AthensAthens had become a unied polis on the peninsula of Attica, by the 7th century Athens had become an oligarchy Near the end of the seventh century BCE, Athens faced political turmoil because of serious economic problems The ruling Athenian aristocracy to its aristocracy, by giving power to *Solon

Solons reforms included the cancelation of land debt, freeing people from slavery These did not solve the political strife, leading to the establishment of a tyranny particularly by Pisistratus, who seized power in 560 BCE; Rebellion emerged, led by *Cleisthenes He created a new council of 500 which supervised the state these reforms led to the foundation for Athenian democracy

Objectives: 1.Describe the polis or city-state, which was the central focus of Greek life 2. Explain how the search for farmland and the growth of trade resulted in colonies and the spread of Greek culture and politics

Classical Greece

Objectives: 1. Examine the Age of Pericles, when Athens became the center of Greek culture 2. Analyze how the creation of an Athenian empire led to war with Sparta

The Challenge of PersiaAs the Greeks spread, they came into contact with the Persian Empire to the east Ionian Greeks led an unsuccessful revolt against *Darius, the Persian ruler Persians responded by attacking Greece at Marathon in 490 BCE; The Persians were defeated Victory, we win After Darius died, *Xerxes became the new monarch and vowed revenge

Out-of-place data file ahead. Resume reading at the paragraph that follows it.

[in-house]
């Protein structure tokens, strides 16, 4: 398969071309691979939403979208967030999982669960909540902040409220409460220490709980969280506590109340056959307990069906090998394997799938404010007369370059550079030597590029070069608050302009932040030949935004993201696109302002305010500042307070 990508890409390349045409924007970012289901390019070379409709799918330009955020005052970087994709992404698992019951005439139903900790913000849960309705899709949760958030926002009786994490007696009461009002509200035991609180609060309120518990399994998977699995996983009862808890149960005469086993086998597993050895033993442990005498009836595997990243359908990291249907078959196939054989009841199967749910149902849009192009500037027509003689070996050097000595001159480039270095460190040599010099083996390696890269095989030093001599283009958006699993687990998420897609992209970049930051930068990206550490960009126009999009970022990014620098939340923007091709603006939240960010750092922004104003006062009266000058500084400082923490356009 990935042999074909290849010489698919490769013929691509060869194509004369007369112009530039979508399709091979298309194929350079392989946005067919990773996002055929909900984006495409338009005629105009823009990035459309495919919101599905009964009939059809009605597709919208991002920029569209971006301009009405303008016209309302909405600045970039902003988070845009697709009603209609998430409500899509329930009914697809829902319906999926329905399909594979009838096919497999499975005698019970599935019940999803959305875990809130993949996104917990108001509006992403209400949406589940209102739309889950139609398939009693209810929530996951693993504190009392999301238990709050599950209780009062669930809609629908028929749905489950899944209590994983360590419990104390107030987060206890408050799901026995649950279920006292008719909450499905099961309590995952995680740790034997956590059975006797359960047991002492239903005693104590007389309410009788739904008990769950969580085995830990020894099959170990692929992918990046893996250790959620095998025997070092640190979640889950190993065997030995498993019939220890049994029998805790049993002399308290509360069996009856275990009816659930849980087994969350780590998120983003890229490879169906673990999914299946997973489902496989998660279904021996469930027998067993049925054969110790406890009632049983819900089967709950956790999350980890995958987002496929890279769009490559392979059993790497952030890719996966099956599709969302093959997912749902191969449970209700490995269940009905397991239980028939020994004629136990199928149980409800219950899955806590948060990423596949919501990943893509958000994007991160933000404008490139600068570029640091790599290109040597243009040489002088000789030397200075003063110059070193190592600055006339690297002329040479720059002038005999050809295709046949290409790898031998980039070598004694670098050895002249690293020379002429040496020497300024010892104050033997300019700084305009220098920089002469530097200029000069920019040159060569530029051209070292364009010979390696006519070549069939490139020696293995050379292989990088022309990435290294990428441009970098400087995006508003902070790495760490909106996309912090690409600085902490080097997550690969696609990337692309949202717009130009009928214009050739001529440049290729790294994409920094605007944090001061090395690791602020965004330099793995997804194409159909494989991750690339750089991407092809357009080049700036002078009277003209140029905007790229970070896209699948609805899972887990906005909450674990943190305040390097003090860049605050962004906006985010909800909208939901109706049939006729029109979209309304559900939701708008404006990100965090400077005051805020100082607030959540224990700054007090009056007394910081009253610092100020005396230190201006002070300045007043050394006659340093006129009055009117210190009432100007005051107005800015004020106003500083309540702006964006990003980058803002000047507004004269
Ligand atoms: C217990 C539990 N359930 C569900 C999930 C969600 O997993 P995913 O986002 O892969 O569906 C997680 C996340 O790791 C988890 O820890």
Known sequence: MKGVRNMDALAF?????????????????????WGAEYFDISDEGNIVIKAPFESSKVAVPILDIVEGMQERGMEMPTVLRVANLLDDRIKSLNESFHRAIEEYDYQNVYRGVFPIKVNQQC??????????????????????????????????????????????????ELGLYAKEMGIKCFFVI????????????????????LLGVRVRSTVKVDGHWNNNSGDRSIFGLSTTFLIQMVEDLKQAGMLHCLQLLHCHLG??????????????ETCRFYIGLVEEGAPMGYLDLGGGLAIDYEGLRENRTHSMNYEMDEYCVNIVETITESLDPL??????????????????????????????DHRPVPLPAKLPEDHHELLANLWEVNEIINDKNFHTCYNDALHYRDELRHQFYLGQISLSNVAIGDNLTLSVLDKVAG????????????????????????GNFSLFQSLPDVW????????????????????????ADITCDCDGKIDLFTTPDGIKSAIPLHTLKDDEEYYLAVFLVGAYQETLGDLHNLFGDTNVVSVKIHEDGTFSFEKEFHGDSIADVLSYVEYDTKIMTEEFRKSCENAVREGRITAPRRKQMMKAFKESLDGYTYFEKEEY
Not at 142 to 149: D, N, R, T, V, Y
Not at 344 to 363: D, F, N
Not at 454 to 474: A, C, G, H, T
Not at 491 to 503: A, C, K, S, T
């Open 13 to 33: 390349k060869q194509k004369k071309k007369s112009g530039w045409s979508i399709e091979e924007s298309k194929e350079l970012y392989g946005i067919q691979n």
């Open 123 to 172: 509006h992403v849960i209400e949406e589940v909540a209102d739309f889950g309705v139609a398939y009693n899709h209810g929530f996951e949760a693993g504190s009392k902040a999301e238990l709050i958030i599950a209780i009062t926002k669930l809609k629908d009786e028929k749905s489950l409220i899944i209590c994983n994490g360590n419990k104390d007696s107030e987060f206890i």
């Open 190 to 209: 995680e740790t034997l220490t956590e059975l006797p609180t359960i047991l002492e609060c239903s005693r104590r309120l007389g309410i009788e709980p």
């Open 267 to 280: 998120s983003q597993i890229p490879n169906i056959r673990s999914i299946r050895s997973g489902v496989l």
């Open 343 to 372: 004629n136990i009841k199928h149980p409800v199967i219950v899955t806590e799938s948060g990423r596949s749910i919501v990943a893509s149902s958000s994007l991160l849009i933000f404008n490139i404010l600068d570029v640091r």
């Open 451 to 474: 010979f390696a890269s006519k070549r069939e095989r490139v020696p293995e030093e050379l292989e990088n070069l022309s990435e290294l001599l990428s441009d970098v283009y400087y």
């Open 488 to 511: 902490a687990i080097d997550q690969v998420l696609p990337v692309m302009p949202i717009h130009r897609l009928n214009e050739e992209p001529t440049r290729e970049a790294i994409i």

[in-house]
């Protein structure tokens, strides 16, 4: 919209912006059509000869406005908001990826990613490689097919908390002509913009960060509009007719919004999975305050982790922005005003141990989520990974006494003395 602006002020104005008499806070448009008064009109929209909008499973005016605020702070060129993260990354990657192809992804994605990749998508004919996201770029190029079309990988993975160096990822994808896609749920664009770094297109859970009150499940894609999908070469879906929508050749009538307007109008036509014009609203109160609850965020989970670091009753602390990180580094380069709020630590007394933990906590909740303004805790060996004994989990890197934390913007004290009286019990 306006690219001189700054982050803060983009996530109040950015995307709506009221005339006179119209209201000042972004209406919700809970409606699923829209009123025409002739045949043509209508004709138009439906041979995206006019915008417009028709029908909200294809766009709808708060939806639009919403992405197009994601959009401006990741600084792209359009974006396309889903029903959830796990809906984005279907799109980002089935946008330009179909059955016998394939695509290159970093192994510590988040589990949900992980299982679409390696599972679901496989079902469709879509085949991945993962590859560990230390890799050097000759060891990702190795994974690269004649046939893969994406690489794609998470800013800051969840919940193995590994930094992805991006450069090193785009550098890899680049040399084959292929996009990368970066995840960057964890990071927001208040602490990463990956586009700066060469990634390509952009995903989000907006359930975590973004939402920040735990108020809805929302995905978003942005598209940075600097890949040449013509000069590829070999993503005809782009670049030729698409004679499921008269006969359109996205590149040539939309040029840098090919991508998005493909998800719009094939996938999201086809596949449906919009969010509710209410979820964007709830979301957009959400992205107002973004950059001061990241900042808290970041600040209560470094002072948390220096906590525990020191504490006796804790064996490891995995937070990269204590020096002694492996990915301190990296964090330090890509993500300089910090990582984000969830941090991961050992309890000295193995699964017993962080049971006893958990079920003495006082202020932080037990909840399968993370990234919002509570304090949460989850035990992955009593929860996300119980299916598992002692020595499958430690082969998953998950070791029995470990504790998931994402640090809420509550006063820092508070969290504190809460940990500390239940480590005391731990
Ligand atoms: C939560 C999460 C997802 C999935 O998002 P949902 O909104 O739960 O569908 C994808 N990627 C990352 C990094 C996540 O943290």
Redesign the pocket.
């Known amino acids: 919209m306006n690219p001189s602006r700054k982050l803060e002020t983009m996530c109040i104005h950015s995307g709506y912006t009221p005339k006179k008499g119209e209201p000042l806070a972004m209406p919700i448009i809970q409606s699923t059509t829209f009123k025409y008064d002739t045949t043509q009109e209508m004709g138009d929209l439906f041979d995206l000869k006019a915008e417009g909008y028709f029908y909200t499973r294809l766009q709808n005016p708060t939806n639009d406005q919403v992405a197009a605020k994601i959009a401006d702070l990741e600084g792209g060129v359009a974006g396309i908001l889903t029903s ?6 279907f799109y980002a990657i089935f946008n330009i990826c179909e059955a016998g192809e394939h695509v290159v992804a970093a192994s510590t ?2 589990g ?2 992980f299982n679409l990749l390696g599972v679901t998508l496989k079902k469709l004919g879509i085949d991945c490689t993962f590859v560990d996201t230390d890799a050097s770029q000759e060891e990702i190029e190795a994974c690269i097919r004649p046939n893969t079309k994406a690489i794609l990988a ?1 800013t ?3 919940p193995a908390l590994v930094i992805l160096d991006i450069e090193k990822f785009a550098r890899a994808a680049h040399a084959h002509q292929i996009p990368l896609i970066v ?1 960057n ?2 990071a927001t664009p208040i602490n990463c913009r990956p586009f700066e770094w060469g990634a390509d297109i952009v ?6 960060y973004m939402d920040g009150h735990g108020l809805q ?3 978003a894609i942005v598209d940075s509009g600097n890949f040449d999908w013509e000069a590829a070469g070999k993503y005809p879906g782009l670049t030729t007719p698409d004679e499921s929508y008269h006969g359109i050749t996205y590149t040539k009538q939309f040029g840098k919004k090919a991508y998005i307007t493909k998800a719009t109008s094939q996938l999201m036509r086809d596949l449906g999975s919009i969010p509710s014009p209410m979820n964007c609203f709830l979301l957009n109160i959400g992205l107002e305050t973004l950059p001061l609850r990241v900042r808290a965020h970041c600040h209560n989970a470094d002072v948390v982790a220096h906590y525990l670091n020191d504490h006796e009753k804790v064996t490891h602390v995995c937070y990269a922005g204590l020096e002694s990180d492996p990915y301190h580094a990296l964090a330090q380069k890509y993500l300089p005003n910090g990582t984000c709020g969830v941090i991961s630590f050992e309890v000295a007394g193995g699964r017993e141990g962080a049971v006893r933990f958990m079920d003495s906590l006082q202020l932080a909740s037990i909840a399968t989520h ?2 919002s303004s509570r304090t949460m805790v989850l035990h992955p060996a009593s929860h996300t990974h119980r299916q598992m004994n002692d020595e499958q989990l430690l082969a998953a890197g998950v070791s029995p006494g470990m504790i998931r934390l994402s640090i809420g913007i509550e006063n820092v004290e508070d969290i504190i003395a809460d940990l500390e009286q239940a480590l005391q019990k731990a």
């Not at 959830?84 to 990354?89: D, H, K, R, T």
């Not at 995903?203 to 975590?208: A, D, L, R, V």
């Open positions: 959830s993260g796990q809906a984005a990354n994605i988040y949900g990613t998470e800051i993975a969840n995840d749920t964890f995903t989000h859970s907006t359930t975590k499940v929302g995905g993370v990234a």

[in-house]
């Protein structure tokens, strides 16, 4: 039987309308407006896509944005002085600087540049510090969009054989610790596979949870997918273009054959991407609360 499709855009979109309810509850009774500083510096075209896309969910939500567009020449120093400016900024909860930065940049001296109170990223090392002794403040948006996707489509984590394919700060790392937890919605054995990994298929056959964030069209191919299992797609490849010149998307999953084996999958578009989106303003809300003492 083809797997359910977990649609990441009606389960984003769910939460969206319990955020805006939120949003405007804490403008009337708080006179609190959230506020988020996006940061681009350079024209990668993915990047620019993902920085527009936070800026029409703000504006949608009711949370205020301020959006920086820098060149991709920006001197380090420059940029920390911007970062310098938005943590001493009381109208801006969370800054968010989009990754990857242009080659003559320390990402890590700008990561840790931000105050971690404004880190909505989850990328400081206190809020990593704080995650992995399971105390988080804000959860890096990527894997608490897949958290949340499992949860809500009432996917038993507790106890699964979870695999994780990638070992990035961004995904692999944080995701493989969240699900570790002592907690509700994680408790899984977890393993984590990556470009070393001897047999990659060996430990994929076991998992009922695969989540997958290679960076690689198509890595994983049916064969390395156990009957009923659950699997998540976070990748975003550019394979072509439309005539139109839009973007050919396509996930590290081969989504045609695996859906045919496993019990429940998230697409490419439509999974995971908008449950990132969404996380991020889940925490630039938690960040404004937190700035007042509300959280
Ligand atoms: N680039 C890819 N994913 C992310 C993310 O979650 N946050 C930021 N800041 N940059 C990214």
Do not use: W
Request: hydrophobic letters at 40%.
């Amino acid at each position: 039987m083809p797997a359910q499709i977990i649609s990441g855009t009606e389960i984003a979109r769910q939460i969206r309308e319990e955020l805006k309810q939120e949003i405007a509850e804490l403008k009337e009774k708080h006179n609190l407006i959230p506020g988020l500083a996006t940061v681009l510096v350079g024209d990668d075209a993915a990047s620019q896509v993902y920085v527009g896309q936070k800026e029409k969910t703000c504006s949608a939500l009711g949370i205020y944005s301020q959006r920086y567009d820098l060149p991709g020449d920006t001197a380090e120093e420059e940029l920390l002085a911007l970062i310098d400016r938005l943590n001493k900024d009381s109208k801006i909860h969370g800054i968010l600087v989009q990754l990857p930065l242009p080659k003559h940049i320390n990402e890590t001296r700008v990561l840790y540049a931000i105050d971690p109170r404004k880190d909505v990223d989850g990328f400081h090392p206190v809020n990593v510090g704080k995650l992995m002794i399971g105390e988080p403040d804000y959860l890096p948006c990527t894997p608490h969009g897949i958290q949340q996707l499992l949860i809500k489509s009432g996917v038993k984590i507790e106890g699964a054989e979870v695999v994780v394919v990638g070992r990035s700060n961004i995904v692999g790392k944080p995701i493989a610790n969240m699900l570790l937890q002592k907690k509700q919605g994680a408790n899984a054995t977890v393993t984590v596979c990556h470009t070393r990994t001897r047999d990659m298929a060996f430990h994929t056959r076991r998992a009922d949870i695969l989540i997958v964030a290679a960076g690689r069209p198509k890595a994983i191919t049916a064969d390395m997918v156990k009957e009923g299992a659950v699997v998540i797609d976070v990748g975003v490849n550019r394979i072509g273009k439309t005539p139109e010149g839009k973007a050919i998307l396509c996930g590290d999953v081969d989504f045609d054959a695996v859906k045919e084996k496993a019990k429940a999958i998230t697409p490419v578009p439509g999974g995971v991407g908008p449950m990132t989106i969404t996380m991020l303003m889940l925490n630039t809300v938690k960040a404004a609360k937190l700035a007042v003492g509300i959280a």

By the time the Persians invaded again, the Greeks had rebuilt their ships Xerxes led a massive invasion 180,000 troops and thousands of warships The pass of Thermopylae protected by 7,000 Greeks, including 300 SpartansWe ght in the shade

The destruction of Athens and the Battle of Salamis, the nal blow to the Persians

The Growth of the Athenian EmpireAfter the defeat of the Persians, Athens took leadershipsIn 478 BCE, an alliance called the *Delian League was created to defend against the Persians island of Delos The Delian League liberated all the Greek States in Asia Minor, but moved the treasury to Athens Under *Pericles Athens expanded its new empire abroad*the Age of Pericles